It’s not an ideal credit situation, of course, but you can use the time to manage your debts wisely and make consistent on-time payments. Like with any damage to your creditworthiness, it’s possible to rebuild your credit with some focus and patiencealong with using the debt relief provided by the bankruptcy to get back on track financially.
Drawbacks Of Chapter 13 Bankruptcy
Although you can keep your property, Chapter 13 bankruptcy is no picnic.
- Discharging your debts can take three to five years.
- Because a lot can happen in three to five years sickness, divorce, getting laid off Chapter 13 bankruptcy has a high failure rate.
- The repayment will tighten your budget.
- Its more complicated than Chapter 7, so youll need to hire a bankruptcy attorney, which will cost somewhere between $3,500 and $5,000.
- If you dont keep up your repayment plan, your bankruptcy case could be dismissed or converted to Chapter 7, which means you could again be in jeopardy of losing assets like your home or car.
- Failing to file required taxes during your case or failing to pay child support and alimony could also send you into Chapter 7 bankruptcy.
- Youll have to send a copy of your income tax return to the Chapter 13 bankruptcy trustee every year during your bankruptcy case. If you get a tax refund, that money will go to your unsecured creditors on top of your regular monthly plan payments.
Advantages Of Chapter 7 Bankruptcy
Chapter 7 bankruptcy is an efficient way to get out of debt quickly, and most people would prefer to file this chapter, if possible. Here’s how it works:
- It’s relatively quick. A typical Chapter 7 bankruptcy case takes three to six months to complete.
- No payment plan. Unlike Chapter 13 bankruptcy, a filer doesn’t pay into a three- to five-year repayment plan.
- Many debts get wiped out. A filer emerges debt-free except for “nondischargeable” debts like student loans, recent taxes, and unpaid child support.
- You can protect property. Although you can lose property in Chapter 7 bankruptcy, many filers can keep everything they own using bankruptcy exemptions. Bankruptcy lets you protect most necessities, and if you don’t have much in the way of luxury goods, you’ll likely be able to “exempt” or protect all or most of your property.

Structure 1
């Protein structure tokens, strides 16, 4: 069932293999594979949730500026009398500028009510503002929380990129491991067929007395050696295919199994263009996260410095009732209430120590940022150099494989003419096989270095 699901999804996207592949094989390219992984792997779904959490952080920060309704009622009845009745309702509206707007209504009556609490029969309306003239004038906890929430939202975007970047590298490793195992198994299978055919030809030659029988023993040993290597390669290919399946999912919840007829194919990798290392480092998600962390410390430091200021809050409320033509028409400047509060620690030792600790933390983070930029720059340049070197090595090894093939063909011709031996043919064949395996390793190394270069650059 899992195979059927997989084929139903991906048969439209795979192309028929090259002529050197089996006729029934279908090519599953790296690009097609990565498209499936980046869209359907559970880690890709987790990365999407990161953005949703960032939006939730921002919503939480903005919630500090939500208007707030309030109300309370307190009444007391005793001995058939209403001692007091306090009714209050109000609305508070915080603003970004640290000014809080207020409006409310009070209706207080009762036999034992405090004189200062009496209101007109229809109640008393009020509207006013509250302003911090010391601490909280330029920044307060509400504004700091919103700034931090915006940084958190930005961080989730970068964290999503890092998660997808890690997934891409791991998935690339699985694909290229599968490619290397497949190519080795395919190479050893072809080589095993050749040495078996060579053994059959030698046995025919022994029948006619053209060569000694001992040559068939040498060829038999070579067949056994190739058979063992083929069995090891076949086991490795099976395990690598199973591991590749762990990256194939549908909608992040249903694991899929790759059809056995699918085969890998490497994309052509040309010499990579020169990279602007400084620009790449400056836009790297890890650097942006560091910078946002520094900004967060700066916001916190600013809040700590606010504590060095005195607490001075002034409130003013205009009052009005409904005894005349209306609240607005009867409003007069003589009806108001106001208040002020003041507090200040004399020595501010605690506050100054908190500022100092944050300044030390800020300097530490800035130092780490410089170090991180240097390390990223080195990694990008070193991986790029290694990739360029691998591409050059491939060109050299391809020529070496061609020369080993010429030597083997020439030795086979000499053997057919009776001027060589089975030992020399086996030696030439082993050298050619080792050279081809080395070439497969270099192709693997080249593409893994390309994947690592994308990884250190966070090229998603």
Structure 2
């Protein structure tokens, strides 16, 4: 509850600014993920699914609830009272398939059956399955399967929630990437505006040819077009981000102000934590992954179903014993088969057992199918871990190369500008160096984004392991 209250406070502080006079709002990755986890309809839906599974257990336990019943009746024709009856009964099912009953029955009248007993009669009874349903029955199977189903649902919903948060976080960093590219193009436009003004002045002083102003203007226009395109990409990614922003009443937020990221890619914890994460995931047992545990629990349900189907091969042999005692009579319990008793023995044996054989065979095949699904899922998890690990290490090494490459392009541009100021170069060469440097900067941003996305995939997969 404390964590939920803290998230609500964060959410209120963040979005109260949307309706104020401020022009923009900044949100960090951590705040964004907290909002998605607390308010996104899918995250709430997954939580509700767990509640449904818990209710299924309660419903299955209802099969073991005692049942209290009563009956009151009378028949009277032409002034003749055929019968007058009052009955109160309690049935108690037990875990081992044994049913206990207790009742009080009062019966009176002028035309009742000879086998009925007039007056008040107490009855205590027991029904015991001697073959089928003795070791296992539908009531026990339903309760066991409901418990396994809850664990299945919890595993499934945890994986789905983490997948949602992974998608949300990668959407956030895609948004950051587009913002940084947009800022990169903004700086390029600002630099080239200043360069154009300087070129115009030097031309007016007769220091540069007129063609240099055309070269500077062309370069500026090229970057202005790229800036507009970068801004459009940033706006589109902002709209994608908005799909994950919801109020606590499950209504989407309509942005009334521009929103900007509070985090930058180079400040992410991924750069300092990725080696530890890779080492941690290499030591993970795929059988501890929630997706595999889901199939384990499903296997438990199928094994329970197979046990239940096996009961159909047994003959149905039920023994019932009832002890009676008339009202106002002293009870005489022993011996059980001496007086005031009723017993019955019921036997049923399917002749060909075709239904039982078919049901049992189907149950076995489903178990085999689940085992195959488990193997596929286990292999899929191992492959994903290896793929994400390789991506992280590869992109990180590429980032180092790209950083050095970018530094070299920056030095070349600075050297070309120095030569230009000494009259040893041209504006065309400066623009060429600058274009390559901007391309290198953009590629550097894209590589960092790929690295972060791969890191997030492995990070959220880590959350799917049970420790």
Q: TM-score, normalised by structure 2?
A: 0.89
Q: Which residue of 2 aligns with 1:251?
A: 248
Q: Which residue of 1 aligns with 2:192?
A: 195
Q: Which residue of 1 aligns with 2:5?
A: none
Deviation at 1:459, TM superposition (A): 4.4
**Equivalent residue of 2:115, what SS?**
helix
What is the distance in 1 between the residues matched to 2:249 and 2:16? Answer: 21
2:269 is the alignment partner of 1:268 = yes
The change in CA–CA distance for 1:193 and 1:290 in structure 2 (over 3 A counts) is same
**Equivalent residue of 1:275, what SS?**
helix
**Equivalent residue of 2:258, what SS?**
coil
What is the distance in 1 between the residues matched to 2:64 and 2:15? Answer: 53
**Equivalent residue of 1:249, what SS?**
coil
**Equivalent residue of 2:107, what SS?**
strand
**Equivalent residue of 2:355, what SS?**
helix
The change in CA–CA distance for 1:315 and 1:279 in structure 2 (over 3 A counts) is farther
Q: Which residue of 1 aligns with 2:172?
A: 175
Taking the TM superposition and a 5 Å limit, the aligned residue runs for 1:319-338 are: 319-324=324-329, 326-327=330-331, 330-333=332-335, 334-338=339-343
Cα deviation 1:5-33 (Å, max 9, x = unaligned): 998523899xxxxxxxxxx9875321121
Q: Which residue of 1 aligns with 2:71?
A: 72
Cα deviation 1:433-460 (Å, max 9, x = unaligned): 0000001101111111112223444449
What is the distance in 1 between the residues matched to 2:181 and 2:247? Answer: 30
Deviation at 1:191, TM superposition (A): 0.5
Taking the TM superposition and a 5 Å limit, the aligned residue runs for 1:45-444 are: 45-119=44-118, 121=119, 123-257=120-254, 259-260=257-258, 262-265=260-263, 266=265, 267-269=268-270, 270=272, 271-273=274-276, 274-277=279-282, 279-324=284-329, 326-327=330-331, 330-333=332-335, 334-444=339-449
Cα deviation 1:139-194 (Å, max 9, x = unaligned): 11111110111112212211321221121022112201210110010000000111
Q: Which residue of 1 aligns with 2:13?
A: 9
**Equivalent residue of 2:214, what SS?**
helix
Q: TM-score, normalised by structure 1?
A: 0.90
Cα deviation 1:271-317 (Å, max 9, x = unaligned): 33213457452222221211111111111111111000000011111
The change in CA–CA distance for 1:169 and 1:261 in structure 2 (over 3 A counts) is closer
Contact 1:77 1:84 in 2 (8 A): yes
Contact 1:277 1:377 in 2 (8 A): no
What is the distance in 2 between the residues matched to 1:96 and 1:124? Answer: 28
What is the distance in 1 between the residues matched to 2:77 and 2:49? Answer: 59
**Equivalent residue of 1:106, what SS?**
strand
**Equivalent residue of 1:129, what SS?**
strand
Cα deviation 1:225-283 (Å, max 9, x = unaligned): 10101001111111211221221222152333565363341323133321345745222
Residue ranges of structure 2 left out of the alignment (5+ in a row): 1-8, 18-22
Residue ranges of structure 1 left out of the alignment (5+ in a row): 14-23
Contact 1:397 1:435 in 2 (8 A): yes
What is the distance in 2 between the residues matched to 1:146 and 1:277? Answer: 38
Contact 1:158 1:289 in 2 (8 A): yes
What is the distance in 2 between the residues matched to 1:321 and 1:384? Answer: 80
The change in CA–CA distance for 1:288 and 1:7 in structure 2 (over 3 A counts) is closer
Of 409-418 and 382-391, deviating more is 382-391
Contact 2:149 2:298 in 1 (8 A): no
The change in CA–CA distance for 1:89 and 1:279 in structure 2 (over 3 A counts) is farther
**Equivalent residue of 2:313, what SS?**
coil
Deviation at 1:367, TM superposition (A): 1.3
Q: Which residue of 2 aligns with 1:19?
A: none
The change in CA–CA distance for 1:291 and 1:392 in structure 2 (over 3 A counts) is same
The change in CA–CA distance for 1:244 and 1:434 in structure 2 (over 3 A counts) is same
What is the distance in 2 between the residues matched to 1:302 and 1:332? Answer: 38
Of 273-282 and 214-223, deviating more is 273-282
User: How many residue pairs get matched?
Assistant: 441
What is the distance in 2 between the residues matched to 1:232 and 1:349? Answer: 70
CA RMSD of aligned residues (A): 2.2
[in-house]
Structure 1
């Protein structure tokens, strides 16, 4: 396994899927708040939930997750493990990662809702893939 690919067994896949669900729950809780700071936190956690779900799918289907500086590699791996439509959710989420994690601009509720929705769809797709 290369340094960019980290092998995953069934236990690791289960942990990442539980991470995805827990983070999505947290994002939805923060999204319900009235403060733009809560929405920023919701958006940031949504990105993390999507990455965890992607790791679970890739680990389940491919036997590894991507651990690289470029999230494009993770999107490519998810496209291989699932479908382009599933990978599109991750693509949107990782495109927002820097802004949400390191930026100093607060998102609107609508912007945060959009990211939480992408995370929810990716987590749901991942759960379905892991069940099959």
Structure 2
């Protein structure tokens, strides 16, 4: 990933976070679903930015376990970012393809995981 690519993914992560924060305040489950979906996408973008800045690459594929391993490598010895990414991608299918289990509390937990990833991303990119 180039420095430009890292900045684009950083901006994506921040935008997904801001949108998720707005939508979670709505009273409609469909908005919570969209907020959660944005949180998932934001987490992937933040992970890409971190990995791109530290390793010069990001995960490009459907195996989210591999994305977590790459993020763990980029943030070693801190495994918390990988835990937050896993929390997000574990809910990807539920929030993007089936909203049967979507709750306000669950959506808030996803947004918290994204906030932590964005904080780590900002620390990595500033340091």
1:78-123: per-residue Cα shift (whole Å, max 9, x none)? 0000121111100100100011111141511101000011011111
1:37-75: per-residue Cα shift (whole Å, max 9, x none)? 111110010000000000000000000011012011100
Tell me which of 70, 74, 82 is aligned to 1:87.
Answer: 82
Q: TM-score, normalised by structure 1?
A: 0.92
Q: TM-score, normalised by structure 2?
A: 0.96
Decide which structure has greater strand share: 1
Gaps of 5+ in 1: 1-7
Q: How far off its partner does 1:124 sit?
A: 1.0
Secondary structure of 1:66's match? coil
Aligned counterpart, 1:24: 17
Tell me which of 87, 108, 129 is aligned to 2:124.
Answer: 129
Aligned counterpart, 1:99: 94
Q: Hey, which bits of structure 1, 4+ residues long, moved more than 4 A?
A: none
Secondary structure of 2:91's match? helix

- You can keep a house or car in some situations. You can also keep your home or car as long as you’re current on the payments, can continue making payments after the bankruptcy case, and can exempt the amount of equity you have in the property.
Eligibility Requirements Between Chapter 7 And Chapter 13 Differ
The eligibility restrictions for Chapter 7 and Chapter 13 bankruptcy are also different. Chapter 7 requires your current monthly income to be less than or equal to your states median income level. If not, you must pass a means test to determine whether you will have enough remaining income to pay your debts after covering essential expenses. If you do not pass the means test, you might be able to file for Chapter 13.
To qualify for Chapter 13 bankruptcy, you must have a regular income, unsecured debts under $419,275, and no more than $1,257,850 of secured debt . You will get to keep your property, but you must pay your unsecured creditors an amount that is equal to the value of your assets not covered by a bankruptcy exemption.
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Choosing Between Chapter 7 And 13
Are you considering bankruptcy? Whether its Chapter 7 or 13, you have options. Bankruptcy is a challenging, life-altering experience.
If you are considering consulting with an attorney about your debt-relief options, it is essential to remember that each type of bankruptcy comes with its advantages and disadvantages.
Most people filing for either Chapter 7 or 13 bankruptcy will work directly with an attorney to determine the best option for each financial circumstance.
Helping You To Decide Whether Chapter 7 Or Chapter 13 Is Best For You